Transport for London has approved a new plan to "modernise and improve" London's private hire industry, but it's seen to some as a crackdown on Uber's growth. So are regulators taking aim at disruptive companies to protect the "old guard", or is this another step in integrating innovation into the UK? Matt Cox spoke to tech consultant and analyst, Chris Green, to find out how he sees the situation.
George Osbourne stated in his budget speech on Wednesday, that Britain is "Open for business". Matt Cox spoke to Justin Urquhart Stewart, Co-Founder of Seven Investment Management, about the announcement and what it means for UK businesses.
Greece’s bailout inspectors are to resume talks in Athens, in an attempt to unblock the Greek rescue program. It was only last summer that Greece and the Eurozone agreed on a new bailout deal, so what’s the problem now? Nick Malkoutzis, Editor of the economic analysis website macropolis.gr, joins Sarah Lowther and Chris Bailey to give more on the situation.
Just as the jobless figures in the UK are seen as an important economic indicator, so are US labour market figures. After a robust employment scene towards the end of 2015, job creation has been slowing across the pond. Kully Samra, from US broker Charles Schwab, spoke to Nigel Cassidy in a look ahead to the latest non-farm payroll numbers.
John Longworth, Director General of The British Chambers of Commerce, will today claim that voters have a choice "between the devil and the deep blue sea" in the referendum on Britain's membership of the European Union. John joined Nigel Cassidy and Rachel Winter to talk about the BCC’s stance, whilst also looking ahead to their annual conference: ‘Britain’s Economy: New Dawn or Back to the Future?’.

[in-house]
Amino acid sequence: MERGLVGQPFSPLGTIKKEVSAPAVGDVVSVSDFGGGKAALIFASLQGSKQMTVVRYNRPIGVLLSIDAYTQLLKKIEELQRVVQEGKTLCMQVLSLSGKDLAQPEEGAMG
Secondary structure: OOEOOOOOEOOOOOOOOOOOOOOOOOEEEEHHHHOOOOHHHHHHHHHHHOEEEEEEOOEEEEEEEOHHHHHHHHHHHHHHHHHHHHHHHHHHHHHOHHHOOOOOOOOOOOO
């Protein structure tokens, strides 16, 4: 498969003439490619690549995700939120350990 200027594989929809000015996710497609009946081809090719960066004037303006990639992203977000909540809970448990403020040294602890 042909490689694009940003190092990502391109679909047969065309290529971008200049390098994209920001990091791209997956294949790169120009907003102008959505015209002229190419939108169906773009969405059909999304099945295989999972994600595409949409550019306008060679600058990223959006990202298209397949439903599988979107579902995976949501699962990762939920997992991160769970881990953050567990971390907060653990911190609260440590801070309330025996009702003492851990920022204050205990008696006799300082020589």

With the results coming in from Super Tuesday, in which 11 US states have voted to choose their presidential candidates, the pitched battle for the White House between Donald Trump and Hillary Clinton is moving closer to becoming reality as both are leaping further ahead in the battleground states. Sarah Lowther has been speaking to Edward-Isaac Dovere, Politico's Senior White House reporter in Washington, about the results.
The Caixin China General Manufacturing Purchasing Managers' Index (PMI) for February came in at a five-month low and below expectations. The reading means the sector has been shrinking for a whole year. Meanwhile in Japan, the Nikkei Manufacturing PMI dropped to its lowest level in eight months in February. So what’s going on? Seijiro Takeshita, Professor of Management and Information at the University of Shizuoka, discusses the negative sentiment live from Japan.
The Oscars have taken place in the US. British actor Mark Rylance won his first Oscar with Best Supporting Actor for Cold War drama Bridge of Spies, whilst Leonardo Di Caprio also won his first gong, for his lead actor role in The Revenant. But how does winning an Academy Award help an actors career, and their earnings? Matt Cox spoke to film expert, critic and broadcaster James Cameron Wilson, who explained the confusing system of actor points and whether they really do mean prizes.
The concluding statement issued by finance ministers and central bank governors on Saturday was strong on rhetoric. But the meeting will disappoint the many who called for the G20 to be more active in addressing economic vulnerabilities and risks. So how did it all go down on the markets? David Kuo, CEO of The Motley Fool Singapore, joins Nigel Cassidy and Chris Bailey, Founder of financialorbit.com, to look at the reaction.
The London Stock Exchange yesterday confirmed it was in detailed discussions with its German rival about an all-share merger. The exchanges have considered combining forces before. They agreed to merge in 2000 before a rival bid for the LSE from Sweden’s OM Gruppen scuppered the deal. The LSE then rejected a formal £1.3bn offer from Deutsche Börse in January 2005. So will it be third time lucky? Jasper Lawler, Market Analyst at CMC Markets, joins to discuss.